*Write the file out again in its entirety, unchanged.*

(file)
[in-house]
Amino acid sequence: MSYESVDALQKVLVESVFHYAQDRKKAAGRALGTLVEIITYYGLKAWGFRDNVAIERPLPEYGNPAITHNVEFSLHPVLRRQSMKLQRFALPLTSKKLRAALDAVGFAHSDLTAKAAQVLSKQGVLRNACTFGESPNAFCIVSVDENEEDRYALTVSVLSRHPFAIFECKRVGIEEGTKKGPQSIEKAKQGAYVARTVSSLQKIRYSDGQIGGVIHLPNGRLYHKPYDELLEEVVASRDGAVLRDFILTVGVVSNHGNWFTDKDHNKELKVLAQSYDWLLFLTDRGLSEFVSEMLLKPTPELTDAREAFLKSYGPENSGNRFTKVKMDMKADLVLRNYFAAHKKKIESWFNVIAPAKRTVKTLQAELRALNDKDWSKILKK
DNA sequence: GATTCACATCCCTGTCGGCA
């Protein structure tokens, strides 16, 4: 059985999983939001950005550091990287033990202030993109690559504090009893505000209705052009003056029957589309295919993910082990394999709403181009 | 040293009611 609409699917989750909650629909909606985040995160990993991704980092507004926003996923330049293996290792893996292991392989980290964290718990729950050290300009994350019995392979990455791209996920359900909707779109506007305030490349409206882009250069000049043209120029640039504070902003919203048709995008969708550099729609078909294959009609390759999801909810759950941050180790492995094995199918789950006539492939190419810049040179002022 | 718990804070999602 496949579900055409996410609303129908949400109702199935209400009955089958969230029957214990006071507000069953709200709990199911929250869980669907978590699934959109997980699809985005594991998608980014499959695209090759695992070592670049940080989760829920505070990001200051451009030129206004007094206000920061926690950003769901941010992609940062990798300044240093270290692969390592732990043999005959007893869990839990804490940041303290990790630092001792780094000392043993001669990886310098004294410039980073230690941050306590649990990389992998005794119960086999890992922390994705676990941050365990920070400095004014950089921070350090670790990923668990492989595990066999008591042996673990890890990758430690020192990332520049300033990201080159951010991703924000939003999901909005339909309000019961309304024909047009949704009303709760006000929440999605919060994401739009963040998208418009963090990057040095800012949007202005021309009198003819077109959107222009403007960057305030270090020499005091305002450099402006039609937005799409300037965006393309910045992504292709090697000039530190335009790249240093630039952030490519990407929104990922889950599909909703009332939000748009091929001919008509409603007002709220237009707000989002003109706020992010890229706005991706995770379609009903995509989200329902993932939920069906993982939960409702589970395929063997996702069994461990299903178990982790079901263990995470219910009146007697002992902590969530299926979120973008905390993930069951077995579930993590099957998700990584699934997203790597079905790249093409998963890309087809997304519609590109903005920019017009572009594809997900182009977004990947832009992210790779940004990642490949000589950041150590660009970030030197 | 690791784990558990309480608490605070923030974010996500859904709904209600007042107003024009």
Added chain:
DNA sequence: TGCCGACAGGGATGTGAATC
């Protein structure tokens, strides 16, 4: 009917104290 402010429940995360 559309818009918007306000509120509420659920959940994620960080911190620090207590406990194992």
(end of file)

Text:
[in-house]
Amino acid sequence: MSYESVDALQKVLVESVFHYAQDRKKAAGRALGTLVEIITYYGLKAWGFRDNVAIERPLPEYGNPAITHNVEFSLHPVLRRQSMKLQRFALPLTSKKLRAALDAVGFAHSDLTAKAAQVLSKQGVLRNACTFGESPNAFCIVSVDENEEDRYALTVSVLSRHPFAIFECKRVGIEEGTKKGPQSIEKAKQGAYVARTVSSLQKIRYSDGQIGGVIHLPNGRLYHKPYDELLEEVVASRDGAVLRDFILTVGVVSNHGNWFTDKDHNKELKVLAQSYDWLLFLTDRGLSEFVSEMLLKPTPELTDAREAFLKSYGPENSGNRFTKVKMDMKADLVLRNYFAAHKKKIESWFNVIAPAKRTVKTLQAELRALNDKDWSKILKK
DNA sequence: GATTCACATCCCTGTCGGCA
């Protein structure tokens, strides 16, 4: 059985999983939001950005550091990287033990202030993109690559504090009893505000209705052009003056029957589309295919993910082990394999709403181009 | 040293009611 609409699917989750909650629909909606985040995160990993991704980092507004926003996923330049293996290792893996292991392989980290964290718990729950050290300009994350019995392979990455791209996920359900909707779109506007305030490349409206882009250069000049043209120029640039504070902003919203048709995008969708550099729609078909294959009609390759999801909810759950941050180790492995094995199918789950006539492939190419810049040179002022 | 718990804070999602 496949579900055409996410609303129908949400109702199935209400009955089958969230029957214990006071507000069953709200709990199911929250869980669907978590699934959109997980699809985005594991998608980014499959695209090759695992070592670049940080989760829920505070990001200051451009030129206004007094206000920061926690950003769901941010992609940062990798300044240093270290692969390592732990043999005959007893869990839990804490940041303290990790630092001792780094000392043993001669990886310098004294410039980073230690941050306590649990990389992998005794119960086999890992922390994705676990941050365990920070400095004014950089921070350090670790990923668990492989595990066999008591042996673990890890990758430690020192990332520049300033990201080159951010991703924000939003999901909005339909309000019961309304024909047009949704009303709760006000929440999605919060994401739009963040998208418009963090990057040095800012949007202005021309009198003819077109959107222009403007960057305030270090020499005091305002450099402006039609937005799409300037965006393309910045992504292709090697000039530190335009790249240093630039952030490519990407929104990922889950599909909703009332939000748009091929001919008509409603007002709220237009707000989002003109706020992010890229706005991706995770379609009903995509989200329902993932939920069906993982939960409702589970395929063997996702069994461990299903178990982790079901263990995470219910009146007697002992902590969530299926979120973008905390993930069951077995579930993590099957998700990584699934997203790597079905790249093409998963890309087809997304519609590109903005920019017009572009594809997900182009977004990947832009992210790779940004990642490949000589950041150590660009970030030197 | 690791784990558990309480608490605070923030974010996500859904709904209600007042107003024009």
Added chain:
DNA sequence: TGCCGACAGGGATGTGAATC
């Protein structure tokens, strides 16, 4: 009917104290 402010429940995360 559309818009918007306000509120509420659920959940994620960080911190620090207590406990194992």